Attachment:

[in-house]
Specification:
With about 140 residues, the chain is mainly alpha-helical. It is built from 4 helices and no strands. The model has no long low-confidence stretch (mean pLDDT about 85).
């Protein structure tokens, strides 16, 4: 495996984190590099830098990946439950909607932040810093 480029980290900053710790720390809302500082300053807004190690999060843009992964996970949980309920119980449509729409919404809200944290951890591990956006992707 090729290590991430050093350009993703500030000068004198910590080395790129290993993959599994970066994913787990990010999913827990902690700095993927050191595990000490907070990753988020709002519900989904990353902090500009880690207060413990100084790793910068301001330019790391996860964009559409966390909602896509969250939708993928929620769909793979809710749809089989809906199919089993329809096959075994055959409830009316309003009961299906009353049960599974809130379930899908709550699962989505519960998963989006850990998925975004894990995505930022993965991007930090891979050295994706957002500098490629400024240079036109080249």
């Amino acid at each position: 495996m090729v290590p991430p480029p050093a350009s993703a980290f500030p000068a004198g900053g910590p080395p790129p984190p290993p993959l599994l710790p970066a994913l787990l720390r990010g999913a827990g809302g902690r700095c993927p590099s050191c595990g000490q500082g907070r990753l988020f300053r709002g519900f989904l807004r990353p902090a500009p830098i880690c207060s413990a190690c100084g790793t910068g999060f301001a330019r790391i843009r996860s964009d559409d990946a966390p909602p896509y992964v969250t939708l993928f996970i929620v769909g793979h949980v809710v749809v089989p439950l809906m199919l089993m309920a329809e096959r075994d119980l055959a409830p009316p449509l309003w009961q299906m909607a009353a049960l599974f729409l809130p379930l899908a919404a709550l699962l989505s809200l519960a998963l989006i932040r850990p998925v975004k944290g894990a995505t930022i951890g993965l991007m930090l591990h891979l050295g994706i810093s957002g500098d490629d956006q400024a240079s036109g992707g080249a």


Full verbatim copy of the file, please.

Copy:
[in-house]
Specification:
With about 140 residues, the chain is mainly alpha-helical. It is built from 4 helices and no strands. The model has no long low-confidence stretch (mean pLDDT about 85).
């Protein structure tokens, strides 16, 4: 495996984190590099830098990946439950909607932040810093 480029980290900053710790720390809302500082300053807004190690999060843009992964996970949980309920119980449509729409919404809200944290951890591990956006992707 090729290590991430050093350009993703500030000068004198910590080395790129290993993959599994970066994913787990990010999913827990902690700095993927050191595990000490907070990753988020709002519900989904990353902090500009880690207060413990100084790793910068301001330019790391996860964009559409966390909602896509969250939708993928929620769909793979809710749809089989809906199919089993329809096959075994055959409830009316309003009961299906009353049960599974809130379930899908709550699962989505519960998963989006850990998925975004894990995505930022993965991007930090891979050295994706957002500098490629400024240079036109080249």
């Amino acid at each position: 495996m090729v290590p991430p480029p050093a350009s993703a980290f500030p000068a004198g900053g910590p080395p790129p984190p290993p993959l599994l710790p970066a994913l787990l720390r990010g999913a827990g809302g902690r700095c993927p590099s050191c595990g000490q500082g907070r990753l988020f300053r709002g519900f989904l807004r990353p902090a500009p830098i880690c207060s413990a190690c100084g790793t910068g999060f301001a330019r790391i843009r996860s964009d559409d990946a966390p909602p896509y992964v969250t939708l993928f996970i929620v769909g793979h949980v809710v749809v089989p439950l809906m199919l089993m309920a329809e096959r075994d119980l055959a409830p009316p449509l309003w009961q299906m909607a009353a049960l599974f729409l809130p379930l899908a919404a709550l699962l989505s809200l519960a998963l989006i932040r850990p998925v975004k944290g894990a995505t930022i951890g993965l991007m930090l591990h891979l050295g994706i810093s957002g500098d490629d956006q400024a240079s036109g992707g080249a």